The rights and wellbeing of adolescent girls in Ghana were given a boost today as UNICEF and the Korean International Cooperation Agency - KOICA - committed to a three-year partnership which seeks to address the inequities currently facing thousands of young girls in Ghana.
The three-year programme called 'A Better Life for Girls in Ghana' promises to address existing issues of gender stereotypes and social norms which disproportionally impact the development of girls. In particular the programme aims to provide a holistic development for and with girls and will address underlying issues of negative consequences affecting girls in particular.
Korean Ambassador H.E Ambassador Sungsoo Kim said: "Through this collaboration, our broad main goal is to reduce the current worrying trend of child marriage in Ghana. We jointly expect to improve the life of our adolescent girls by keeping them in school as well as broadening their horizon on entrepreneurial opportunities and financial literacy".
UNICEF Ghana Representative Susan Namondo Ngongi said: "UNICEF is delighted to be partnering with KOICA on this very important programme – not just the adolescent girls at which this programme is aimed but for a more inclusive development of Ghana where adolescent boys and girls will be at the heart of development.
"Girls aged between 12 and 19 are in a very precious and critical phase of their development which can profoundly influence a girl's future potential.During this key time of transition from girlhood to womanhood, we want to ensure that girls in Ghana are given a fair chance to thrive in a safe and welcoming environment and are given a chance to realise their full potential."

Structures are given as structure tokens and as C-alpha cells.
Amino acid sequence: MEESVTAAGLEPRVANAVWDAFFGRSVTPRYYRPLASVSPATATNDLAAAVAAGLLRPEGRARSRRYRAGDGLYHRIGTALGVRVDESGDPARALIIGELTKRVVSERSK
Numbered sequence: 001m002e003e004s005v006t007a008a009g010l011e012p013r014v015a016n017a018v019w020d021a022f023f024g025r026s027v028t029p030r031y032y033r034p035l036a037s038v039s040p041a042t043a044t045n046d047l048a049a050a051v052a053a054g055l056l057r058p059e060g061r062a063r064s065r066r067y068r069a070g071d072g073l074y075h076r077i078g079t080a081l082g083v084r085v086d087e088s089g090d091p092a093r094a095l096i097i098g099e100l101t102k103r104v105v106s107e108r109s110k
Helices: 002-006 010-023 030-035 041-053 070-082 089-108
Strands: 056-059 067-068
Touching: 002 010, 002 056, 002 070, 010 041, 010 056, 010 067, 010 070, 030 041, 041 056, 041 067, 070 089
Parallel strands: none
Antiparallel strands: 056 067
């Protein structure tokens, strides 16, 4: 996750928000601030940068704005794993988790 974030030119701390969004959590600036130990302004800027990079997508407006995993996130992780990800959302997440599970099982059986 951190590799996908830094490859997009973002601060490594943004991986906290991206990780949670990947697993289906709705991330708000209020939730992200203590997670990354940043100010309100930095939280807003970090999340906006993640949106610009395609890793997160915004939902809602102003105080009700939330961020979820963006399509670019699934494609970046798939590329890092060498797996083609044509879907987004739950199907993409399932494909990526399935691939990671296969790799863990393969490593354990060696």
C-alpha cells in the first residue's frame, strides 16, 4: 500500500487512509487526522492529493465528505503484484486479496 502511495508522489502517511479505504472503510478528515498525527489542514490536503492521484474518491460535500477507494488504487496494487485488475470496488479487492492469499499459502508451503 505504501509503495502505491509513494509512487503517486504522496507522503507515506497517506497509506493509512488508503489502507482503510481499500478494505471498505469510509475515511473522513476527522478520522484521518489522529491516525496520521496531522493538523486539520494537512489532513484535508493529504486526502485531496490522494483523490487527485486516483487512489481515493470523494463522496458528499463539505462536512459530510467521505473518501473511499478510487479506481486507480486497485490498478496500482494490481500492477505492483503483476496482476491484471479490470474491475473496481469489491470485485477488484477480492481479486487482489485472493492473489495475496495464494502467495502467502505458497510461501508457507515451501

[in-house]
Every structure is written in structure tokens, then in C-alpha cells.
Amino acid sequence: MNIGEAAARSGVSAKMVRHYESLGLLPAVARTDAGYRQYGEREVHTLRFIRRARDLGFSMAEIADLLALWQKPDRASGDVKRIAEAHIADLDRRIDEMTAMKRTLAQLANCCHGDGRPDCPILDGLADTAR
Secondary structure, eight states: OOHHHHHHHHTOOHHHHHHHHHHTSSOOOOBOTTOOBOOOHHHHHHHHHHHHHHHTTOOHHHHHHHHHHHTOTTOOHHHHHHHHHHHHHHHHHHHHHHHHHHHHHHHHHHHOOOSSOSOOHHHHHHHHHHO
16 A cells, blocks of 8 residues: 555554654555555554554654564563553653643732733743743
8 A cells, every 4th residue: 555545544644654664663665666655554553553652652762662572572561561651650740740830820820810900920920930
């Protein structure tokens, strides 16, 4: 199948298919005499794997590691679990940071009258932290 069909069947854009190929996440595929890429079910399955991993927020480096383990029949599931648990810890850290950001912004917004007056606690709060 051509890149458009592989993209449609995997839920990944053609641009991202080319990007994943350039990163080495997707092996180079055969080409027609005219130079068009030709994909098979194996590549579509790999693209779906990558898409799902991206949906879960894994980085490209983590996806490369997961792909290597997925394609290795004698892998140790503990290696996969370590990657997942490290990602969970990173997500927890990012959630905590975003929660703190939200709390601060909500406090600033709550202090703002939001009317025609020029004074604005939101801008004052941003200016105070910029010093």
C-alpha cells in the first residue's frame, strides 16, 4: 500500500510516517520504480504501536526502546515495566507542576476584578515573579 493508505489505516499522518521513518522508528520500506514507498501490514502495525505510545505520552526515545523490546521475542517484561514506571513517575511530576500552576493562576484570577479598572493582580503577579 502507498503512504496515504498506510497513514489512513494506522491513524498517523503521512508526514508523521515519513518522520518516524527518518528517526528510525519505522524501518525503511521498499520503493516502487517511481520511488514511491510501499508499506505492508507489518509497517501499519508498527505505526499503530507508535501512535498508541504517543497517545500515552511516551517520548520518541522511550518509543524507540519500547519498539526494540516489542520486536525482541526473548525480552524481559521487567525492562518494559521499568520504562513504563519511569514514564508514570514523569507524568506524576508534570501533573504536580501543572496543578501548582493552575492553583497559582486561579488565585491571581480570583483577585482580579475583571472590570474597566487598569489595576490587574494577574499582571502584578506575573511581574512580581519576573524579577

KOICA Country Director, Mr. Woochan Chang said: "I wish to assure that both UNICEF and KOICA will continue to actively participate and collaborate with the Government of Ghana, and especially for this Project. The hope is that this project will contribute to the successful implementation of the "National Strategic Framework on Ending Child Marriage in Ghana", which will be launched next week by the Ministry of Gender, Children and Social Protection."
Research shows that poverty disproportionately affects adolescent girls in many parts of Ghana who face distinct challenges, including greater risk of sexual violence, more chance of being married before they are 18, and less likely to complete their schooling. Adolescence is also a time when gender roles for girls become more entrenched and gender discrimination can have a detrimental impact on girls which can often determine the trajectory of a girl's life.
It is hoped that the three-year engagement between KOICA and UNICEF in Ghana will provide a more enabling and empowering environment for adolescent girls in Ghana to access their opportunities, and to provide a fairer society for girls across Ghana.